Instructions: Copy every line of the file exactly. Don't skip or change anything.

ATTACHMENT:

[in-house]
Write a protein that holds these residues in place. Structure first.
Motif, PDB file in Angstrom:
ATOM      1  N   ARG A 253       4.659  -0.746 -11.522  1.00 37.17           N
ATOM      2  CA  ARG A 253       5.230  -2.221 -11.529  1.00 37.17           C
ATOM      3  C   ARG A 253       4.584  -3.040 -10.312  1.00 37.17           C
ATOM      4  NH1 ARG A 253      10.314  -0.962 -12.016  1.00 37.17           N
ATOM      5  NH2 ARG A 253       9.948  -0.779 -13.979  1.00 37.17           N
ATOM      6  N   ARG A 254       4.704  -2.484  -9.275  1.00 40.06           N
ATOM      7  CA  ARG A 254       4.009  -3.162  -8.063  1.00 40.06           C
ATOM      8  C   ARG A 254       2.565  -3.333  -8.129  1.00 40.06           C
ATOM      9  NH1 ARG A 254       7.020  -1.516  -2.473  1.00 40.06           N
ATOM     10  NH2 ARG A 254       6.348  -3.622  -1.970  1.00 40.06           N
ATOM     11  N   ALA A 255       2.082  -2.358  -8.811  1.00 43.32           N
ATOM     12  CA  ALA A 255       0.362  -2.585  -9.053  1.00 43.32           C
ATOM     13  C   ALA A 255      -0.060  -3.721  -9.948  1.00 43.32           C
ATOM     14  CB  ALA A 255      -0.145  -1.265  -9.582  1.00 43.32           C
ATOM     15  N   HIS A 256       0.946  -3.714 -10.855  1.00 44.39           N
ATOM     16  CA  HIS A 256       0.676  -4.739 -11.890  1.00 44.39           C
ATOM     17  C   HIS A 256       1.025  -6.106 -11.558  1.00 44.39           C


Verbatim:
[in-house]
Write a protein that holds these residues in place. Structure first.
Motif, PDB file in Angstrom:
ATOM      1  N   ARG A 253       4.659  -0.746 -11.522  1.00 37.17           N
ATOM      2  CA  ARG A 253       5.230  -2.221 -11.529  1.00 37.17           C
ATOM      3  C   ARG A 253       4.584  -3.040 -10.312  1.00 37.17           C
ATOM      4  NH1 ARG A 253      10.314  -0.962 -12.016  1.00 37.17           N
ATOM      5  NH2 ARG A 253       9.948  -0.779 -13.979  1.00 37.17           N
ATOM      6  N   ARG A 254       4.704  -2.484  -9.275  1.00 40.06           N
ATOM      7  CA  ARG A 254       4.009  -3.162  -8.063  1.00 40.06           C
ATOM      8  C   ARG A 254       2.565  -3.333  -8.129  1.00 40.06           C
ATOM      9  NH1 ARG A 254       7.020  -1.516  -2.473  1.00 40.06           N
ATOM     10  NH2 ARG A 254       6.348  -3.622  -1.970  1.00 40.06           N
ATOM     11  N   ALA A 255       2.082  -2.358  -8.811  1.00 43.32           N
ATOM     12  CA  ALA A 255       0.362  -2.585  -9.053  1.00 43.32           C
ATOM     13  C   ALA A 255      -0.060  -3.721  -9.948  1.00 43.32           C
ATOM     14  CB  ALA A 255      -0.145  -1.265  -9.582  1.00 43.32           C
ATOM     15  N   HIS A 256       0.946  -3.714 -10.855  1.00 44.39           N
ATOM     16  CA  HIS A 256       0.676  -4.739 -11.890  1.00 44.39           C
ATOM     17  C   HIS A 256       1.025  -6.106 -11.558  1.00 44.39           C